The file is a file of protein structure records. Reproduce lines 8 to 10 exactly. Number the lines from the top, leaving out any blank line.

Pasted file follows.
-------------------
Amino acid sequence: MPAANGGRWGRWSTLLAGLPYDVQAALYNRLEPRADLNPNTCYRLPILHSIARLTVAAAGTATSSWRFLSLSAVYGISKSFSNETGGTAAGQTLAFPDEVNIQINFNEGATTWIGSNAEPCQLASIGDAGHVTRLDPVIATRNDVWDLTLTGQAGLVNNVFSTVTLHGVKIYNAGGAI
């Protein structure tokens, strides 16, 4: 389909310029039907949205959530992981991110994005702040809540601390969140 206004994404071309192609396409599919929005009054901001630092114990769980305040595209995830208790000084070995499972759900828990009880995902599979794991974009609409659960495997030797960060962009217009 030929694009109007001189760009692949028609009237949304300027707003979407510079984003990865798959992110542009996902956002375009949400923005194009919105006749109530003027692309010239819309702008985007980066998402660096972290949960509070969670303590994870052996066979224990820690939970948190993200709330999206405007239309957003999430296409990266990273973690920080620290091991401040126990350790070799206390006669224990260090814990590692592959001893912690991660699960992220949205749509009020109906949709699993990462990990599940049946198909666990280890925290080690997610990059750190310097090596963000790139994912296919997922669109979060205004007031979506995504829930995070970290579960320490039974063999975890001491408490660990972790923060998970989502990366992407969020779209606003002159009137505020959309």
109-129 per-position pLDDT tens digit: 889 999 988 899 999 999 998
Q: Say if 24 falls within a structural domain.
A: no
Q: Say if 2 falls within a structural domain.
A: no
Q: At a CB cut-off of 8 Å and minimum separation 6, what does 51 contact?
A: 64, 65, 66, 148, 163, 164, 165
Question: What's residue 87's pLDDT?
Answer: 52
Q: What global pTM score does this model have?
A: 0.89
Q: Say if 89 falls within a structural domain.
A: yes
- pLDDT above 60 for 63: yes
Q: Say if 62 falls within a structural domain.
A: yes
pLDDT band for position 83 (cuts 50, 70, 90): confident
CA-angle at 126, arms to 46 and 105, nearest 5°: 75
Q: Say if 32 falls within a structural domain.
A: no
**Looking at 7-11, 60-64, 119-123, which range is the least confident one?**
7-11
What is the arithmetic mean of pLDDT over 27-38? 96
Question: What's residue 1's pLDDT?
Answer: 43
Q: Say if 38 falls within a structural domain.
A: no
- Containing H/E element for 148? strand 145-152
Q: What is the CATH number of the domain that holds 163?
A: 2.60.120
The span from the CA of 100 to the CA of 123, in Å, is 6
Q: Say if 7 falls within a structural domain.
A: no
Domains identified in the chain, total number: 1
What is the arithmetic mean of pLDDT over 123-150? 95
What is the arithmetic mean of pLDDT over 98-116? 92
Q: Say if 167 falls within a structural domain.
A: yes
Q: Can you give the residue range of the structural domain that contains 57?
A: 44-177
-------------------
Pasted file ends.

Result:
Q: At a CB cut-off of 8 Å and minimum separation 6, what does 51 contact?
A: 64, 65, 66, 148, 163, 164, 165
Question: What's residue 87's pLDDT?